decreased effective volume. Their results showed SCG to be highly sensitive to decreased effective volume and able to detect functional hemorrhage earlier than measures such a blood pressure or pulse pressure. Because they describe the SCG as a simple and easily used device, it may have application for the early detection of functional hemorrhage in trauma patients. A major cause of mortality in hemorrhage is ischemia to vital organs as blood pressure falls. Morrison et al. (9) report the use of a Bresuscitative endovascular balloon occlusion of the aorta[ (REBOA) device to stabilize victims of noncompressible torso hemorrhage. Using an 80% liver resection model in pigs to simulate torso hemorrhage, both intermittent and complete REBOA improved aortic blood pressure and improved survival, with the complete REBOA being more effective, suggesting that it may be useful to stabilize these patients until bleeding can be controlled. Two articles this month address issues of cardiac resuscitation and ischemia. Kohlhauer et al. (10) addressed the effects of hypothermia and adrenaline during cardiopulmonary resuscitation in a rabbit model. Both of these are used in cardiopulmonary resuscitation, and they wanted to test whether the effects of hypothermia were independent of adrenaline use. They found that although adrenaline was effective in restoring spontaneous contraction, hypothermia without adrenaline was ineffective. Thus, although hypothermia may preserve peripheral tissue viability during cardiac arrest, alone it is not effective in restoring cardiac or vascular function. In the area of myocardial ischemia, Macchi et al. (11) used an isolated perfused rat heart model to examine the mechanisms of protection against reperfusion injury of the synthetic pentasaccharide fondaparinux. Fondaparinux is a heparin-like anticoagulant that, like heparin, has effects independent of its anticoagulant properties. The use of an isolated crystalloid-perfused heart in addition to an in vivo model allows the elimination of any effects on coagulation. They found that fondaparinux was effective in decreasing infarct size in vivo but not in the isolated perfused heart, suggesting the dependence on components of whole blood such as clotting factors. Moreover, the protective effect was abrogated by treatment with AG490, an inhibitor of epidermal growth factor tyrosine kinases, suggesting the involvement of this pathway in the protective effects. It is now well recognized that gender plays an important role in determining the response to shock and inflammation. In studying these effects, investigators commonly use vaginal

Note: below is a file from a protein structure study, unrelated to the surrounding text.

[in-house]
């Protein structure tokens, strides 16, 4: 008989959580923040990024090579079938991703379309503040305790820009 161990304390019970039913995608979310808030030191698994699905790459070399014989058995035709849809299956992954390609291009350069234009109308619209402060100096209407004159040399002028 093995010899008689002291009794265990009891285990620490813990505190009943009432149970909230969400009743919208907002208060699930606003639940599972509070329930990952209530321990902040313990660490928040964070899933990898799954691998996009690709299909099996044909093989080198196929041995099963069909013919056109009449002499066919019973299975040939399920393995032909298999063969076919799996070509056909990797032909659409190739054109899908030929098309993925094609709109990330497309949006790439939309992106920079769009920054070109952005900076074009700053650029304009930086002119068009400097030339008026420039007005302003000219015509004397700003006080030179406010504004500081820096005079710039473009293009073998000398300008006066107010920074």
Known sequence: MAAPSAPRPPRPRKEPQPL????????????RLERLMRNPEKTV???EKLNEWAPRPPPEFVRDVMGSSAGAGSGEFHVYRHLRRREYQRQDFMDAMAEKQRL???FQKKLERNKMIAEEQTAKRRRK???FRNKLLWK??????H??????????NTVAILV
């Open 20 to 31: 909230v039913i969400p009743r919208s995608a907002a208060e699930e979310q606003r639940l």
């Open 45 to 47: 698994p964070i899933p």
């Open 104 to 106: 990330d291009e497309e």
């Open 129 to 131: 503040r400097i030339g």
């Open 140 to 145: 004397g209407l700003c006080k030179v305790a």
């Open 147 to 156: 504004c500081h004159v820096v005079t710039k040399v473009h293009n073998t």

smears in female mice to determine the stage of the estrus cycle and thus estimate circulating estrogen levels. Weixelbaumer et al. (12) provide a potentially very important report testing the validity of this assumption. They examined mice of different ages and compared vaginal cytology, impedance, and fecal estrogen. Their results demonstrated that common assumptions regarding the effect of age on hormone levels and estrus cycle may not be valid. These results need to be very carefully considered when interpreting studies on the hormonal basis for gender differences in response to shock and inflammation. REFERENCES 1. Craciun FL, Iskander KN, Chiswick EL, Stepien DM, Henderson JM, Remick DG: Early murine polymicrobial sepsis predominantly causes renal injury. Shock 41:97Y103, 2014. 2. Luo C-j, Zhang F-j, Zhang L, Geng Y-q, Li Q-g, Hong Q, Fu B, Zhu F, Cui S-y, Feng Z, et al.: Mesenchymal stem cells ameliorate sepsis-associated acute kidney injury in mice. Shock 41:123Y129, 2014. 3. De Haan JJ, Pastille E, Wirsdo¨rfer F, Lubbers T, Greve J-WM, Zhang Y, Buurman WA, Flohe´ SB: Lipid-rich enteral nutrition improves the defense against an opportunistic infection during polymicrobial sepsis. Shock 41:109Y114, 2014. 4. Hu Y-M, Yeh C-L, Pai M-H, Lee W-Y, Yeh S-L: Glutamine administration modulates lung +% T-lymphocyte expression in mice with polymicrobial sepsis. Shock 41:115Y122, 2014. 5. Diao L, Marshall AH, Dai X, Bogdanovic E, Abdullahi A, Amini-Nik S, Jeschke MG: Burn plus lipopolysaccharide augments endoplasmic reticulum stress and NLRP3 inflammasome activation and reduces PGC-1! in liver. Shock 41:138Y144, 2014. 6. Liu Z, Li Y, Chong W, Deperalta DK, Duan X, Liu B, Halaweish I, Zhou P, Alam HB: Creating a prosurvival phenotype through a histone deacetylase inhibitor in a lethal two-hit model. Shock 41:104Y108, 2014. 7. Prunet B, Prat N, Couret D, Cordier P-Y, De Bourmont S, Lambert D, Asencio Y, Meaudre E, Michelet P: Midterm effects of fluid resuscitation strategies in an experimental model of lung contusion and hemorrhagic shock. Shock 41:159Y165, 2014. 8. Tavakolian K, Dumont GA, Houlton G, Blaber AP: Precordial vibrations provide noninvasive detection of early-stage hemorrhage. Shock 41:91Y96, 2014. 9. Morrison JJ, Ross JD, Houston IV R, Watson JDB, Sokol KK, Rasmussen TE: Use of resuscitative endovascular balloon occlusion of the aorta (REBOA) in a highly lethal model of noncompressible torso hemorrhage. Shock 41:130Y137, 2014. 10. Kohlhauer M, Darbera L, Lidouren F, Chenoune M, Ghaleh B, Vivien B, Carli P, Dabire H, Berdeaux A, Tissier R: Comparative effect of hypothermia and adrenaline during cardiopulmonary resuscitation in rabbits. Shock 41:154Y158, 2014. 11. Macchi L, Moussa W, Guillou S, Tamareille S, Lamon D, Mirebeau-Prunier D, Prunier F: The synthetic pentasaccharide fondaparinux attenuates myocardial ischemia-reperfusion injury in rats via STAT-3. Shock 41:166Y171, 2014. 12. Weixelbaumer KM, Drechsler S, Wehrenpfennig P, Khadem A, Bahrami S, Tichy A, Palme R, Osuchowski MF: Estrus cycle status defined by vaginal cytology does not correspond to fluctuations of circulating estrogens in female mice. Shock 41:145Y153, 2014.

Copyright © 2013 by the Shock Society. Unauthorized reproduction of this article is prohibited.

What's New in Shock? February 2014.